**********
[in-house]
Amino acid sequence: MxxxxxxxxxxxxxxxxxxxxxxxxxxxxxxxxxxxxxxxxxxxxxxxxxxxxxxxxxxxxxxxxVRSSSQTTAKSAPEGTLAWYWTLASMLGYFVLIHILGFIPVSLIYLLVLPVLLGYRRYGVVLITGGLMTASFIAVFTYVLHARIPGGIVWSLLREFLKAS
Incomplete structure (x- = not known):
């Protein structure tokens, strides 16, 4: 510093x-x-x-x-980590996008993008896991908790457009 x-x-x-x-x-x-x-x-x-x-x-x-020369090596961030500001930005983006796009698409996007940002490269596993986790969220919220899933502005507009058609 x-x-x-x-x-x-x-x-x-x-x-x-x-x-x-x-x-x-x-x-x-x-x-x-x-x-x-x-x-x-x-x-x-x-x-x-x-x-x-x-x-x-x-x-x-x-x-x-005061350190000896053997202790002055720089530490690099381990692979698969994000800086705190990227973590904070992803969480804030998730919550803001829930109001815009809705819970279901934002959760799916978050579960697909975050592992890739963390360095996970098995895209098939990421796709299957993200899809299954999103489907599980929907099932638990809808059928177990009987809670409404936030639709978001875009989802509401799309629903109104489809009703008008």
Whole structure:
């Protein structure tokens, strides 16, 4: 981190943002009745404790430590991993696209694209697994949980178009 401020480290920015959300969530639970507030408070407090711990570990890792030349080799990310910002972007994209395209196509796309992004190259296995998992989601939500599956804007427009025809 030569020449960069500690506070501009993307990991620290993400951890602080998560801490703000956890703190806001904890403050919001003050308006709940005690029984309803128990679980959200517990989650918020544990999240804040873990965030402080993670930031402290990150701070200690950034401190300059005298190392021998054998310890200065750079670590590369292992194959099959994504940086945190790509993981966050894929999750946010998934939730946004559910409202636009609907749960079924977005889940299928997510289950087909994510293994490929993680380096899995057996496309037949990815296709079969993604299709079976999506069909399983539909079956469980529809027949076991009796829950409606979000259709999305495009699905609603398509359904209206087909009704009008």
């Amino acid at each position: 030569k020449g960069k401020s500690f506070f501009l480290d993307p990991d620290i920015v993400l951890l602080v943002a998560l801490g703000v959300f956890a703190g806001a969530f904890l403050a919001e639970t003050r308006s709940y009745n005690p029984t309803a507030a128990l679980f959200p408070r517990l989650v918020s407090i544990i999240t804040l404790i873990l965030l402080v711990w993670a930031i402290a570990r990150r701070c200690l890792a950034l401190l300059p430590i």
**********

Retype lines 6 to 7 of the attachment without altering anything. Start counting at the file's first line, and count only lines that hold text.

């Protein structure tokens, strides 16, 4: 981190943002009745404790430590991993696209694209697994949980178009 401020480290920015959300969530639970507030408070407090711990570990890792030349080799990310910002972007994209395209196509796309992004190259296995998992989601939500599956804007427009025809 030569020449960069500690506070501009993307990991620290993400951890602080998560801490703000956890703190806001904890403050919001003050308006709940005690029984309803128990679980959200517990989650918020544990999240804040873990965030402080993670930031402290990150701070200690950034401190300059005298190392021998054998310890200065750079670590590369292992194959099959994504940086945190790509993981966050894929999750946010998934939730946004559910409202636009609907749960079924977005889940299928997510289950087909994510293994490929993680380096899995057996496309037949990815296709079969993604299709079976999506069909399983539909079956469980529809027949076991009796829950409606979000259709999305495009699905609603398509359904209206087909009704009008």
């Amino acid at each position: 030569k020449g960069k401020s500690f506070f501009l480290d993307p990991d620290i920015v993400l951890l602080v943002a998560l801490g703000v959300f956890a703190g806001a969530f904890l403050a919001e639970t003050r308006s709940y009745n005690p029984t309803a507030a128990l679980f959200p408070r517990l989650v918020s407090i544990i999240t804040l404790i873990l965030l402080v711990w993670a930031i402290a570990r990150r701070c200690l890792a950034l401190l300059p430590i």